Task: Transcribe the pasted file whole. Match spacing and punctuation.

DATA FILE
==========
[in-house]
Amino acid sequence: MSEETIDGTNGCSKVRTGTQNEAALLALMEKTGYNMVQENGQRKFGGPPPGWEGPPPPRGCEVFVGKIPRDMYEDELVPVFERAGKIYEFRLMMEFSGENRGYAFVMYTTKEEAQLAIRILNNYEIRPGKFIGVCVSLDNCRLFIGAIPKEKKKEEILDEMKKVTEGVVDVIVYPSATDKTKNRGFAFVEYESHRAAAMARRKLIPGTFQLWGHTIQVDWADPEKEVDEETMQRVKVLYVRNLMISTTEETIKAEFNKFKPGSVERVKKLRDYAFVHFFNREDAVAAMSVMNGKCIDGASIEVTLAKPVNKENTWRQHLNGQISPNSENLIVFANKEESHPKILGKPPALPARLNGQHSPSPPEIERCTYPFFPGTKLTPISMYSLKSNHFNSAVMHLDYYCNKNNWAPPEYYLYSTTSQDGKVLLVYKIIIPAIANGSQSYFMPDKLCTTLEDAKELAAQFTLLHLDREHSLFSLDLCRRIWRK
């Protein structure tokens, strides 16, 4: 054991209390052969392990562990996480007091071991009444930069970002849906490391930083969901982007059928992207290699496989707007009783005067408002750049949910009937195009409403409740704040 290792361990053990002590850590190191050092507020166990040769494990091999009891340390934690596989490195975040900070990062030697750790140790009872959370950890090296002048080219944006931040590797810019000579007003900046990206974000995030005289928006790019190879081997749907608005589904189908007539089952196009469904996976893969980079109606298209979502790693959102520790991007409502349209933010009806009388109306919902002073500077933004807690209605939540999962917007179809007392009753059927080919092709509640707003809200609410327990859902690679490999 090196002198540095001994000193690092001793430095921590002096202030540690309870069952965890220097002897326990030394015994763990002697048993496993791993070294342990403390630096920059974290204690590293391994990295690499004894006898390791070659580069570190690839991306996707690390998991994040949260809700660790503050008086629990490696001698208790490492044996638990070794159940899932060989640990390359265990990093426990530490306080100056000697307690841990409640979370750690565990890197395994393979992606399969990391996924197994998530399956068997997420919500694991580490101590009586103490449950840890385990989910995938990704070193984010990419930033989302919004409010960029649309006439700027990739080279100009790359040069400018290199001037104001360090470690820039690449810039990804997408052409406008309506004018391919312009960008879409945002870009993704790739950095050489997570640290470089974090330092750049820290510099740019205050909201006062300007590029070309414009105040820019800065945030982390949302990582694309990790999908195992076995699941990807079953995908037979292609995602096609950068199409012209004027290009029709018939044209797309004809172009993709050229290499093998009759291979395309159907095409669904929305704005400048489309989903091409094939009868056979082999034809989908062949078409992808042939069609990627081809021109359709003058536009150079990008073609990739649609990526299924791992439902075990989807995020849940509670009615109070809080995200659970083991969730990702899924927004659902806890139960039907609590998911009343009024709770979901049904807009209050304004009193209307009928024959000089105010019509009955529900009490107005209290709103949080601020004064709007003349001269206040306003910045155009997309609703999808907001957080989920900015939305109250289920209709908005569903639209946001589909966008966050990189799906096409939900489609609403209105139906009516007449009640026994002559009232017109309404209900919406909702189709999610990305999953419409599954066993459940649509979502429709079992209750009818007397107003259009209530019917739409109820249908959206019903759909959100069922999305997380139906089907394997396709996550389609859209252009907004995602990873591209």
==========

[in-house]
Amino acid sequence: MSEETIDGTNGCSKVRTGTQNEAALLALMEKTGYNMVQENGQRKFGGPPPGWEGPPPPRGCEVFVGKIPRDMYEDELVPVFERAGKIYEFRLMMEFSGENRGYAFVMYTTKEEAQLAIRILNNYEIRPGKFIGVCVSLDNCRLFIGAIPKEKKKEEILDEMKKVTEGVVDVIVYPSATDKTKNRGFAFVEYESHRAAAMARRKLIPGTFQLWGHTIQVDWADPEKEVDEETMQRVKVLYVRNLMISTTEETIKAEFNKFKPGSVERVKKLRDYAFVHFFNREDAVAAMSVMNGKCIDGASIEVTLAKPVNKENTWRQHLNGQISPNSENLIVFANKEESHPKILGKPPALPARLNGQHSPSPPEIERCTYPFFPGTKLTPISMYSLKSNHFNSAVMHLDYYCNKNNWAPPEYYLYSTTSQDGKVLLVYKIIIPAIANGSQSYFMPDKLCTTLEDAKELAAQFTLLHLDREHSLFSLDLCRRIWRK
């Protein structure tokens, strides 16, 4: 054991209390052969392990562990996480007091071991009444930069970002849906490391930083969901982007059928992207290699496989707007009783005067408002750049949910009937195009409403409740704040 290792361990053990002590850590190191050092507020166990040769494990091999009891340390934690596989490195975040900070990062030697750790140790009872959370950890090296002048080219944006931040590797810019000579007003900046990206974000995030005289928006790019190879081997749907608005589904189908007539089952196009469904996976893969980079109606298209979502790693959102520790991007409502349209933010009806009388109306919902002073500077933004807690209605939540999962917007179809007392009753059927080919092709509640707003809200609410327990859902690679490999 090196002198540095001994000193690092001793430095921590002096202030540690309870069952965890220097002897326990030394015994763990002697048993496993791993070294342990403390630096920059974290204690590293391994990295690499004894006898390791070659580069570190690839991306996707690390998991994040949260809700660790503050008086629990490696001698208790490492044996638990070794159940899932060989640990390359265990990093426990530490306080100056000697307690841990409640979370750690565990890197395994393979992606399969990391996924197994998530399956068997997420919500694991580490101590009586103490449950840890385990989910995938990704070193984010990419930033989302919004409010960029649309006439700027990739080279100009790359040069400018290199001037104001360090470690820039690449810039990804997408052409406008309506004018391919312009960008879409945002870009993704790739950095050489997570640290470089974090330092750049820290510099740019205050909201006062300007590029070309414009105040820019800065945030982390949302990582694309990790999908195992076995699941990807079953995908037979292609995602096609950068199409012209004027290009029709018939044209797309004809172009993709050229290499093998009759291979395309159907095409669904929305704005400048489309989903091409094939009868056979082999034809989908062949078409992808042939069609990627081809021109359709003058536009150079990008073609990739649609990526299924791992439902075990989807995020849940509670009615109070809080995200659970083991969730990702899924927004659902806890139960039907609590998911009343009024709770979901049904807009209050304004009193209307009928024959000089105010019509009955529900009490107005209290709103949080601020004064709007003349001269206040306003910045155009997309609703999808907001957080989920900015939305109250289920209709908005569903639209946001589909966008966050990189799906096409939900489609609403209105139906009516007449009640026994002559009232017109309404209900919406909702189709999610990305999953419409599954066993459940649509979502429709079992209750009818007397107003259009209530019917739409109820249908959206019903759909959100069922999305997380139906089907394997396709996550389609859209252009907004995602990873591209």